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Because of autism I’m a good shot when throwing things across the room into the trash bin. Because the twins didn’t potty train until they were almost nine means I’ve changed diapers for 21 years straight. (I had other children and foster children before we adopted the twins.) I’ve thrown my share of dirty diapers into a bin while holding down a child having a melt down. Right-handed, even. (I’m left-handed.)

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There are drawbacks to this autism thing. There are. But there are far more blessings when I stop to look for them. I pray I continue to focus on the blessings. I’m no saint.  I dislike the meltdowns and the inconveniences and embarrassments autism brings us at times. But if I can focus on the blessings, I can face it with joy each day.

In this house, we see autism as a type of gift. Its wrapping isn’t very pretty. It’s downright ugly at times. But I guarantee these young men have given me much more than I’ve given them. Much, much more.

Because of autism in this family there is love. So much love. And I think that’s the greatest gift autism brings. I’ve learned to love unconditionally and outrageously. And the twins’ love for everyone around them is boundless and pure. I’m grateful I get to experience it. So, so grateful.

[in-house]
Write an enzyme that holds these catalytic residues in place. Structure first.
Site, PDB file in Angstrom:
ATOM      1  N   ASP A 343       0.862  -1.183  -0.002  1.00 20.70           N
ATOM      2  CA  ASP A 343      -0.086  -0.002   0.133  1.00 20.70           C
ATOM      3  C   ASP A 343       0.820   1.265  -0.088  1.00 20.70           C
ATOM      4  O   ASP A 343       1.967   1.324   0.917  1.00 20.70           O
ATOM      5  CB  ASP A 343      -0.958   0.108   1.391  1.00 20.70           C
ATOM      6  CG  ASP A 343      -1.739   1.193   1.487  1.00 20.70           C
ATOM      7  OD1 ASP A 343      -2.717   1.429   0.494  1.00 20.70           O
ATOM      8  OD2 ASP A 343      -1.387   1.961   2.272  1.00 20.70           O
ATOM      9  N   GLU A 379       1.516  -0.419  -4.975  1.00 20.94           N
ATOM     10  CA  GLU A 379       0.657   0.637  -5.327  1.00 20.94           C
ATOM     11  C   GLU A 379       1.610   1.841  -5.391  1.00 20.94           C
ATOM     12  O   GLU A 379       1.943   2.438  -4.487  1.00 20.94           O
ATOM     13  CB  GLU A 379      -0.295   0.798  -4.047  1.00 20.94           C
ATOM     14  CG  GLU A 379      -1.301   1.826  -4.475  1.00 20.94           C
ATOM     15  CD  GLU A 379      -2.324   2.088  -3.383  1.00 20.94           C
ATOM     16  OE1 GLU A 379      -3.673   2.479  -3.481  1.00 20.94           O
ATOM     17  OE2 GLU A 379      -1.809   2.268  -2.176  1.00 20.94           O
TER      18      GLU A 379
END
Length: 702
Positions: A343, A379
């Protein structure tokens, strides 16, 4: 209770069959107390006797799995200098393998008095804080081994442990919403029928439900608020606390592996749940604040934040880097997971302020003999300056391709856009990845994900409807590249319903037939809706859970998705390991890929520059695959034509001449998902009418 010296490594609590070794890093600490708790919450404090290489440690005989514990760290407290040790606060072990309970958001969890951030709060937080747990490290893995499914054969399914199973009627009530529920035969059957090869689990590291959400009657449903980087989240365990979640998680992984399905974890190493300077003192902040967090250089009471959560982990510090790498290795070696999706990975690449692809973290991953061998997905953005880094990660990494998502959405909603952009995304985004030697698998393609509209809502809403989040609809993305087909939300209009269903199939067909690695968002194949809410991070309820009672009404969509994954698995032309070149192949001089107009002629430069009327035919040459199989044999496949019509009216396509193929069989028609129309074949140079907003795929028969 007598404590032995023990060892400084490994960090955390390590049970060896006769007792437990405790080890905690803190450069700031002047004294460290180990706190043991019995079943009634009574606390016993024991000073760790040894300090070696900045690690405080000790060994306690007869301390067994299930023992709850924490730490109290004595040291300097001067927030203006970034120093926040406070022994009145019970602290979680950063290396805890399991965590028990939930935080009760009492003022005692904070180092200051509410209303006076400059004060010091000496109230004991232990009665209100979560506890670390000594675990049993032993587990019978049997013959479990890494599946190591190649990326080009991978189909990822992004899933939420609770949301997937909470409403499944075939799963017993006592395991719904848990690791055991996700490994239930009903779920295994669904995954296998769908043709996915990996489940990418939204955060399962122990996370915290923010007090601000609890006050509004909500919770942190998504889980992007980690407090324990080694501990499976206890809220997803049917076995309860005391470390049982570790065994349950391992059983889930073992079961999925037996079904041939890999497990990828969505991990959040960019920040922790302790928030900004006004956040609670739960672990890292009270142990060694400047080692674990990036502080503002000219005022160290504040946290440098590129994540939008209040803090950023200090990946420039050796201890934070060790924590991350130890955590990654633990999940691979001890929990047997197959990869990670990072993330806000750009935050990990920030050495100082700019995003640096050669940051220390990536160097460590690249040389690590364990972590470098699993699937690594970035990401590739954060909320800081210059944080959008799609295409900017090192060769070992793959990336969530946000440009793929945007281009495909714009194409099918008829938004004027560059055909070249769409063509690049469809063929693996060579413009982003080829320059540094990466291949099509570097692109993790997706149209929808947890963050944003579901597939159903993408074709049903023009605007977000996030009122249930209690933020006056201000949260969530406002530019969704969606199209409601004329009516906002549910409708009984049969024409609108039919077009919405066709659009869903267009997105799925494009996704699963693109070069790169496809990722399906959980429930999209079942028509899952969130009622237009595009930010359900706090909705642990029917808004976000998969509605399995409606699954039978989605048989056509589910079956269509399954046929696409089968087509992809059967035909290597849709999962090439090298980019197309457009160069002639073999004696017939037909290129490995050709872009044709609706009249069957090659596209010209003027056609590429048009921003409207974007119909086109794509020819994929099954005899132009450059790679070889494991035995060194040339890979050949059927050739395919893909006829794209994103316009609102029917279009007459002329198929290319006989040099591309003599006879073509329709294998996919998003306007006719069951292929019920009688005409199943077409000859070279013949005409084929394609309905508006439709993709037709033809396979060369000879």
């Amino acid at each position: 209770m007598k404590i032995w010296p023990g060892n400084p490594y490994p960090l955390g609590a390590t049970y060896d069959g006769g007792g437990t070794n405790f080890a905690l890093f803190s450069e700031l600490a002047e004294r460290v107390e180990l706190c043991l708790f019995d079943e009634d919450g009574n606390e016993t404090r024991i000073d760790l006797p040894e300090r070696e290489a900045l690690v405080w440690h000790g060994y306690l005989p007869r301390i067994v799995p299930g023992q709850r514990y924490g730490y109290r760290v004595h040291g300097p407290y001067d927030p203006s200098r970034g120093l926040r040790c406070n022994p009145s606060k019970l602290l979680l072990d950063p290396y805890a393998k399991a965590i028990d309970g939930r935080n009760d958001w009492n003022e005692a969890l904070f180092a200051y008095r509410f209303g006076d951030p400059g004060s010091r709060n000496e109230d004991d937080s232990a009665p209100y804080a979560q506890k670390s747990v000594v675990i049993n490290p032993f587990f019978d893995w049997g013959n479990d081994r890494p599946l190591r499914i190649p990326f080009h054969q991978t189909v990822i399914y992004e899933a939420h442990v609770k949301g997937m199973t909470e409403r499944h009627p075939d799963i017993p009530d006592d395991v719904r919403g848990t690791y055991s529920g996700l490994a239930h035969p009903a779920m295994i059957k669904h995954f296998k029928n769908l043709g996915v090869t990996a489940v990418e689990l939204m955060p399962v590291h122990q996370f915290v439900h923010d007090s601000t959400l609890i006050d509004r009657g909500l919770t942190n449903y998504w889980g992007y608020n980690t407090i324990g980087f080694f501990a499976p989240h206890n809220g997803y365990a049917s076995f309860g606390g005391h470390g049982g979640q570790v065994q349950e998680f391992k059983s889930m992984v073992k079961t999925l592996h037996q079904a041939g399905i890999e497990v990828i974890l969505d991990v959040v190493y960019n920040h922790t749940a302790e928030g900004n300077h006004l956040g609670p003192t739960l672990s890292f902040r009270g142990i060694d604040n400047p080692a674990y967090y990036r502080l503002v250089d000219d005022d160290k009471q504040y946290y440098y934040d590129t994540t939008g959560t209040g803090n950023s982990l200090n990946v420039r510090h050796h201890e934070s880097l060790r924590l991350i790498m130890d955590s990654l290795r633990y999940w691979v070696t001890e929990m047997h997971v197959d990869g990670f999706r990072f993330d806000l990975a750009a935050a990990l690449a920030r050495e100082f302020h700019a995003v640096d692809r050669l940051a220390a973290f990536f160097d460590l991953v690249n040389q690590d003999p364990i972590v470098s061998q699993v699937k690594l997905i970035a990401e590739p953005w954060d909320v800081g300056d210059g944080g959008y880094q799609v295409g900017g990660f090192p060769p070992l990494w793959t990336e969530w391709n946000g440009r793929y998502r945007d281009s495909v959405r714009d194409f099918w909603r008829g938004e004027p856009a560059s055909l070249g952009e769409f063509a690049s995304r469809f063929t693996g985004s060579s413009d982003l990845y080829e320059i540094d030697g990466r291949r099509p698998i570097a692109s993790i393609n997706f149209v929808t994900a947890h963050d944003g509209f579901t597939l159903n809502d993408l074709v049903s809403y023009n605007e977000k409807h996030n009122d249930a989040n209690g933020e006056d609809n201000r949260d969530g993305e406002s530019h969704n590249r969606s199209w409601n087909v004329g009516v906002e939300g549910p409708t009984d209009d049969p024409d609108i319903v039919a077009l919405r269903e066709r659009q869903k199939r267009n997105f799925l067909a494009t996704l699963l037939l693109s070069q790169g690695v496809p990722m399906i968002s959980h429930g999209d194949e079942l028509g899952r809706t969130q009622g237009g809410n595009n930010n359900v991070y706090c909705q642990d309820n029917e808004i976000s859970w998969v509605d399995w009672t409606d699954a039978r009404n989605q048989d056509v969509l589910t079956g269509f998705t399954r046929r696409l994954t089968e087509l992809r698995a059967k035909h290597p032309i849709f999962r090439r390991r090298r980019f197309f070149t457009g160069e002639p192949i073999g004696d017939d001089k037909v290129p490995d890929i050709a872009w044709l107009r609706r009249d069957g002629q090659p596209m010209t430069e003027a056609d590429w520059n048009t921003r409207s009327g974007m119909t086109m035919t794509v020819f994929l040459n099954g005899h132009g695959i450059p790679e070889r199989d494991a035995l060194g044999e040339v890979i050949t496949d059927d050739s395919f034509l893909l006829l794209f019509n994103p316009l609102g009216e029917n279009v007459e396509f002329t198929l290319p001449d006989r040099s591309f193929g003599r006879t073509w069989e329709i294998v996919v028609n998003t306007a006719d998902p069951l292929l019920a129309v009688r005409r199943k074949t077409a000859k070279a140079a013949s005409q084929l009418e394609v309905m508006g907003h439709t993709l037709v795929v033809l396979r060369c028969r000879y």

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2017: Progress not perfection

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I gave up on New Year’s resolutions several years ago. But I didn’t give up on choosing a theme or slogan for the year. For 2017 I’ve chosen “Progress not Perfection” as my mantra.

This is because I tend toward perfectionism, which is a sin of pride, and also an excuse to procrastinate.  Example:”I can’t get all the laundry done in an hour, so I’ll wait until tomorrow when I have more time. ” Well, no, but I could do one load, right? Am I the only one who puts stuff off this way? Well, if I am, then I’m happy to write to myself because I have room for improvement here.

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Do you have something you’re putting off because you can’t do it perfectly? There are piles of things I avoid because I’m afraid of not getting them done “just right.” So silly.

You’d think I’d approach life the same way I do writing a book. Bite by bite. Little by little. But I’m still learning to eat my elephants one bite at a time.

One calorie choice at a time.

One workout choice at a time.

One household chore at a time.

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It bugs me when I can’t finish something or can’t see an immediate, lasting result, so I don’t start at all. But that only punishes me and makes me feel down. So, I’m learning to break huge jobs into small steps, just as I do when I write my books. I’m determined to focus on progress instead of perfection.

For example, when I’m going to dig into a room to purge and clean it, I divide it into sectors. Then, I set the timer and tell myself, “You can do anything for 15 minutes. Just do it in this one small area.” Usually, I get to 15 minutes and find myself wanting to keep going.

Getting started is the hardest part.

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Are you having trouble getting started on something God is telling you to do? Are you afraid to try because you fear imperfection? Why not join me in 2017 and embrace progress instead?

Let me know in the comments below if you’re willing to make this your theme for 2017, too! I’d love to have a progress posse!